Fentanyl, Pregnancy and Breastfeeding

Mothers preparing for childbirth may grapple with the idea of using pain medication prior to and during delivery. While the decision to use medication during pregnancy is not uncommon, expectant mothers should know the risks some prescriptions pose to their unborn babies. This is especially true for common pain relievers like fentanyl.

Fentanyl is one of the strongest opioid pain relievers available for medical treatment. The drug is 60 times more potent than morphine and 50 times more potent than heroin. Although the drug is fast-acting, the effects last no more than 45 minutes at a time. Because of its potency, fentanyl can be highly addictive and extremely dangerous. Even when prescribed from a physician in small amounts, this drug can be fatal. In unprescribed doses, mothers can pose danger not only to themselves, but also to the health of their babies.

Fentanyl, Pregnancy and Breastfeeding
Anything a mother consumes while pregnant passes to her baby through the placenta. This is important to remember when taking any medication, especially during the first trimester and during labor. Babies experience just as many adverse effects from pain medication as mothers can. Any outside influences could negatively affect growing babies during the first trimester because the first few months are crucial to their development.

The U.S. Food and Drug Administration classified fentanyl as a Category C drug regarding its safety of use during pregnancy. All medications are given safety ratings to prevent mothers from posing risks to their babies. The drug classifications range from Category A — indicating no risk or harm to babies during pregnancy — to Category X — indicating extreme risk of birth anomaly and harm to a developing fetus during pregnancy.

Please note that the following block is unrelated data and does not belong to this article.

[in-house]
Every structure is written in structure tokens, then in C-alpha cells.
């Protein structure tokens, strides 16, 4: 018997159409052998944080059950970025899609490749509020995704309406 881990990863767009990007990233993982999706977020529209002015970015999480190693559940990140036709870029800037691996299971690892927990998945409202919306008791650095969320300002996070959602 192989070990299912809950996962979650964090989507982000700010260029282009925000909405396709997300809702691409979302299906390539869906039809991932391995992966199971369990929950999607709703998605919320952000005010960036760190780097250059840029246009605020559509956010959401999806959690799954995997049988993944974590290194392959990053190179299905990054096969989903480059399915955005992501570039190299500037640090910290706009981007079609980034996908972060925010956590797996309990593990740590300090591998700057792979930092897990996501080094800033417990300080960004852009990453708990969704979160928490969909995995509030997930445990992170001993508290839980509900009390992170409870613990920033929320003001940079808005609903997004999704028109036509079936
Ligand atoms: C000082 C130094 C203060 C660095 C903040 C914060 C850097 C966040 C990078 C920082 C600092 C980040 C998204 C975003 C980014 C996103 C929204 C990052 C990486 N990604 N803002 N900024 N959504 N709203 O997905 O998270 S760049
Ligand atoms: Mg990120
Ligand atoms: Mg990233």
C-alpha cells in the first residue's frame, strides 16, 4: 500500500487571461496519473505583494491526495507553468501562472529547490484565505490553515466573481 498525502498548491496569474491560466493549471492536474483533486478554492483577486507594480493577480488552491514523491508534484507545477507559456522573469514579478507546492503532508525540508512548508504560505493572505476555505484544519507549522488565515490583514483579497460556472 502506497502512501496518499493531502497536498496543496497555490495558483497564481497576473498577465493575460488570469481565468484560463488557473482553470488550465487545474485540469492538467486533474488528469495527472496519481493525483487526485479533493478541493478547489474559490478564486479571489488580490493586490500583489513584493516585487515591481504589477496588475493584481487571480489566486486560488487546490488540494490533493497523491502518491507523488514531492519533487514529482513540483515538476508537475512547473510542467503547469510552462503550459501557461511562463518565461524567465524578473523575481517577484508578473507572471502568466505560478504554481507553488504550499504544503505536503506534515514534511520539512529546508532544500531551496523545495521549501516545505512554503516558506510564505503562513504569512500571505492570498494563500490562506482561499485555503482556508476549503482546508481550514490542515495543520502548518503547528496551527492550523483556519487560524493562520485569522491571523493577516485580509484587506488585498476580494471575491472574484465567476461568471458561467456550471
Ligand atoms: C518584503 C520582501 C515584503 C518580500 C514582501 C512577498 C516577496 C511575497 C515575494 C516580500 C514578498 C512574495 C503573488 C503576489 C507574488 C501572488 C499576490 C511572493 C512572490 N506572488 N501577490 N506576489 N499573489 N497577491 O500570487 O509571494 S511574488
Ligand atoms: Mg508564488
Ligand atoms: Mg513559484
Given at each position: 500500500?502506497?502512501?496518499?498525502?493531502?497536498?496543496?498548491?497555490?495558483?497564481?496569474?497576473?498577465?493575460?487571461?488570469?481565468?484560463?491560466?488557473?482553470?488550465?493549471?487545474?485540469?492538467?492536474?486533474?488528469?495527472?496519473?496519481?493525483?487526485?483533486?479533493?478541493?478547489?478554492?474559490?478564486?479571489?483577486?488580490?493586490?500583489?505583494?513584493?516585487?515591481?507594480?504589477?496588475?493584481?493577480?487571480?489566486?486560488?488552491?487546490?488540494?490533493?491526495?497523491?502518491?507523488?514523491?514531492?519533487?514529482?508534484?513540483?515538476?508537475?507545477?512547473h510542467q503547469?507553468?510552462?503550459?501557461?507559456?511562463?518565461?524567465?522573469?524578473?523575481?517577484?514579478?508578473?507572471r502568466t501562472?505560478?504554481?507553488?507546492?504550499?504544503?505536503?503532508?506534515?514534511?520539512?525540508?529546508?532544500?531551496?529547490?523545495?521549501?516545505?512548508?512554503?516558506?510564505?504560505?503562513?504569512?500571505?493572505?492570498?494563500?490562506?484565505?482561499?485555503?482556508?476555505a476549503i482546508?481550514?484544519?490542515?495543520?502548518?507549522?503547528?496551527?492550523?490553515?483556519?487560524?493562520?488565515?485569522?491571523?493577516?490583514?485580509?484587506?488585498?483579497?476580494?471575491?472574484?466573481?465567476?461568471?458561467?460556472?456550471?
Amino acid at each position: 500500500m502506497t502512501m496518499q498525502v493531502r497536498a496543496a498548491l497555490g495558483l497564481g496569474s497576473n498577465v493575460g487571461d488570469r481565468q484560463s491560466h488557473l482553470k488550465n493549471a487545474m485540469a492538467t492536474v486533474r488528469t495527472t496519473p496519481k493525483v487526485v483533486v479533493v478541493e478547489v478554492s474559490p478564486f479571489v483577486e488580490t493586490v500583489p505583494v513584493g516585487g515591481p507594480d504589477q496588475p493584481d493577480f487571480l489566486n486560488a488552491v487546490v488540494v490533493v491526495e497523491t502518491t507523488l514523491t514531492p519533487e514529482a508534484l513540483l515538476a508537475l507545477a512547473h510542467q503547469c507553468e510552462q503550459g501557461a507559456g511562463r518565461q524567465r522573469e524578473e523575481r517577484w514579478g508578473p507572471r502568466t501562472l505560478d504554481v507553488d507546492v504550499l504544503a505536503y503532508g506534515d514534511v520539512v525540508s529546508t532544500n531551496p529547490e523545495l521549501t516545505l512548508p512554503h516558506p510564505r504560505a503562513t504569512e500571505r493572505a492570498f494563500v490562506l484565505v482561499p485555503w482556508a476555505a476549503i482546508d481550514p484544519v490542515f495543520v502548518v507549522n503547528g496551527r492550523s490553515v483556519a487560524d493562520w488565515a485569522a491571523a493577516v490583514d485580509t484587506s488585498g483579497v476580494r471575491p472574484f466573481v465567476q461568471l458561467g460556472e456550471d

Category C lies in the middle, indicating that while the medication may carry benefits for the mother, the benefits do no outweigh the potential harm it may cause to the child. There is also not enough research to support the drug’s safety, therefore fentanyl should only be used if there is no alternative to treatment.

Though the safety of this drug is still being researched, it does have the ability to pass through breast milk. When administered through an epidural or intravenously during labor, smaller amounts of fentanyl can pass to the baby. Fentanyl may not pose high risks during breastfeeding if taken in small amounts.

Excess fentanyl use can increase the amount found in breast milk. Doctors recommend avoiding breastfeeding infants until mothers have fully recovered from the drug’s effects. If babies show any of the following symptoms following being breastfed, contact a physician immediately:

  • Difficulty feeding
  • Respiratory issues
  • Limpness
  • Increased sleepiness
  • Drowsiness
Fentanyl is extremely effective and directly affects how the brain responds to pain. At high doses, fentanyl can dangerously increase the risk of overdose and death. Frequent use of fentanyl during pregnancy can not only result in addiction in the mother, but also neonatal abstinence syndrome in the baby.

Neonatal abstinence syndrome, or neonatal withdrawal, includes a group of harmful symptoms a baby experiences as a result of substantial drug exposure. Some of the common symptoms include:

  • Sedation
  • Jiterriness
  • Tremors
  • Fever
  • Sweating
  • Diarrhea
  • Irritability
  • Trouble feeding

Other than withdrawal symptoms, continued fentanyl abuse can also cause damaging and sometimes irreversible developmental delays. Other common side effects of maternal fentanyl use include:

  • Respiratory depression
  • Neurological depression
  • Seizures
  • Birth anomalies
  • Damage to the placenta
It is important to take all the proper precautions when preparing for delivery and ensuring your baby’s health. Prior to taking medication, consult with a licensed physician on the risks they may pose. If the benefits do not outweigh the risks, consider seeking alternative treatment for pain or therapy to help maintain stress. A healthy mother is necessary to produce a healthy baby.

If you or someone you know is struggling with fentanyl addiction, or if you are concerned your baby is being affected from prescribed medication, there are resources available to help you. Consult with The Recovery Village and our trained team of medical professionals to find the best treatment option to suit your needs. Don’t wait another day to secure a healthier future today.

Fentanyl, Pregnancy and Breastfeeding
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Fentanyl, Pregnancy and Breastfeeding was last modified: July 7th, 2017 by The Recovery Village